Western Ghats Tourism India

The Western Ghats of India is inscribed as a world heritage site by UNESCO’s World Heritage Committee on July 1 2012. The tag came at the 36th session of the World Heritage Committee (WHC) in St Petersburg in Russia. Altogether 39 sites that dot the Western Ghats landscape will be part of the region that has been designated as World Heritage Site. Kerala leads with 20 sites being inscribed in the heritage list followed by Karnataka with ten, Tamil Nadu five and Maharashtra four.

The Western Ghats is a mountain range that runs along the western side of India, which runs about 1600 kms, North to South, along the western edge of the Deccan Plateau. It is one of the eight hottest hotspots of biological diversity in the world that originates near the border of Gujarat and Maharash­tra, and runs through the states of Maharashtra, Goa, Karnataka, Tamil Nadu and Kerala, finally ending at Kanyakumari. These hills cover a total area of 160,000 square kms with an average elevation is about 1,200 m (3,900 ft).The region is home to over 5000 species of flowering plants, 139 mammal species, 508 bird species and 179 amphibian species which are not found elsewhere in the world. There are numerous protected areas designated by the Government of India in the Western Ghats. They include two bio reserves and thirteen National Parks. The Nilagiri Biosphere Reserve that comprises 5500 square kms of evergreen and deciduous forests forms an im­portant part of the Western Ghats. The Silent Valley National Park in Kerala, which forms part of the Western Ghats, is one among the last tracts of virgin tropical evergreen forest in India. In August, 2011, Ghats Ecology Expert Panel (WGEEP) designated the entire Western Ghats as an Ecologically Sensitive Area (ESA). The panel also assigned three levels of ecological sensitivity to its different regions and now in 2012, thirty nine places in the Western Ghats region have been declared as World Heritage Sites by the UNESCO.

The mighty Western Ghats, intimately called by the people as Sahyadri, originated not as a mountain but as the faulted edge of the Deccan Plateau that separate the plateau from a narrow coastal plain along the Arabian Sea. Being one of the eight hottest hotspots of biological diversity in the world, the Western Ghats is home to more than 5000 species of flowering plants, 139 mammal species, 508 bird species and 179 amphibian species. Not just this, about 325 globally threatened species take refuge in these mighty mountain ranges. Some of the rare animal species found in the Western Ghats include the Malabar large-spotted civet, lion-tailed macaque, Asian elephants, tiger, Black Panther, leopards, great Indian hornbill and Wroughton's free-tailed bat.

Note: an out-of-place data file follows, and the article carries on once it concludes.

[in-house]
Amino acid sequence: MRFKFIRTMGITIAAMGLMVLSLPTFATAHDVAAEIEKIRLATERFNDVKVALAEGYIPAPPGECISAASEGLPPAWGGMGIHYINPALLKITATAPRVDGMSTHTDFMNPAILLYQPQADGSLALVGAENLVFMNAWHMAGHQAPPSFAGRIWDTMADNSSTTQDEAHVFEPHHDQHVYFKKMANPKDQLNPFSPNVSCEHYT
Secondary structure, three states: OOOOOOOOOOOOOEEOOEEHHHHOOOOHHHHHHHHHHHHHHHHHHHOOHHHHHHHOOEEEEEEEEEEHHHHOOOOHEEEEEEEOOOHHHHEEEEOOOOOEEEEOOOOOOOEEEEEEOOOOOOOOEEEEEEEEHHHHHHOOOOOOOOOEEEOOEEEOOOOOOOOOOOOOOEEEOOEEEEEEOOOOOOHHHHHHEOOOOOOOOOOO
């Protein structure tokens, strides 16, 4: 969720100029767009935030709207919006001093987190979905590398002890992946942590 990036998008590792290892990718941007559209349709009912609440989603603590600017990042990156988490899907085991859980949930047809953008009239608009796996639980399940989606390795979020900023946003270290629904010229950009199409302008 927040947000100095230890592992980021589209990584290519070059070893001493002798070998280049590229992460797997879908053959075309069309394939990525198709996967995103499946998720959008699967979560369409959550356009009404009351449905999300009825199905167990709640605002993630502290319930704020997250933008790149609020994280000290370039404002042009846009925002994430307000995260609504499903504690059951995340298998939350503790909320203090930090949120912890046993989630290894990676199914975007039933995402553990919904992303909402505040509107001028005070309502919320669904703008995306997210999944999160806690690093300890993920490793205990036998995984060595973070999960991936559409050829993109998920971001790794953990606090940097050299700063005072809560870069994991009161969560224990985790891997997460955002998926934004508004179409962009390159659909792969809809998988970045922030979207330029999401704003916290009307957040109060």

The Western Ghats is a complex system of great many geographical features. These can be briefly summarised.


The Western Ghats feed major rivers in South India like Godavari, Krishna and Kaveri, which flow eastwards into the Bay of Bengal. There are also west-flowing rivers that drain into the Arabian Sea like Mondovi and Zuari. These rivers travel shorter distance and generally are fast moving owing to the steeper slope. Tributaries like Tunga River, Bhadra river, Malaprabha River, Bhima River, Hemavathi river, Kabini River and Ghataprabha River besides smaller rivers like Pennar River, Periyar River, Pechiyar River, Kundali River and Manimuthar River also flow in the Western Ghats region.

Mountain peaks

Anai Mudi in Kerala, as has been said already, is the highest peak in the Western Ghats. Other significant peaks are Mullayanagiri (6,317 feet) and Kudremukh (6,110 feet) in Karnataka; Kalsubai (5,427 feet), Mahabaleshwar (4,701 feet) and others in Maharashtra and Sonsogor in Goa. Other smaller peaks include Vellarimala, Chembra and Banasura. Doddabetta peak in Tamil Nadu and Biligirirangans peak in Karnataka meet with Shevaroys, Servarayan and Tirumala range in the east, setting up the link between the Western Ghats and the Eastern Ghats. Baba Budan Giri mountain, Anai Malai, and Cardamom Hills are also located in the Western Ghats. The foothill region located at the east of the Ghats in Maharashtra is locally known as Desh while in central Karnataka, it is known as Malenadu.


The Western Ghats have a few mountain passes like the Goa Gap (between Maharashtra and Karnataka) besides the Palakkad Gap.


The Western Ghats vegetation mainly boasts of tropical and deciduous rainforest, grasslands, montane forest and scrubs. Western Ghats are the only regions in south India where rain forests are found. The Western Ghats are home to four tropical and subtropical moist broadleaf forest ecoregions – the North Western Ghats moist deciduous forests, North Western Ghats montane rain forests and South Western Ghats moist deciduous forests. The northern part of the range is generally drier than the southern portion. Deciduous forests mainly featuring teak are found here. Above 1,000 meters the montane rain forests are mainly characterised by Lauraceae trees. Montane grasslands are also spasely found in the higher elevations.

The Wayanad forests of Kerala mark the transition between the northern and southern Western Ghats ecoregions. At lower elevations where the South Western Ghats moist deciduous forests are more prominent, Cullenia, teak, dipterocarps are mainly found. Most of the flowering species of the Western ghats are found in the South Western ghats.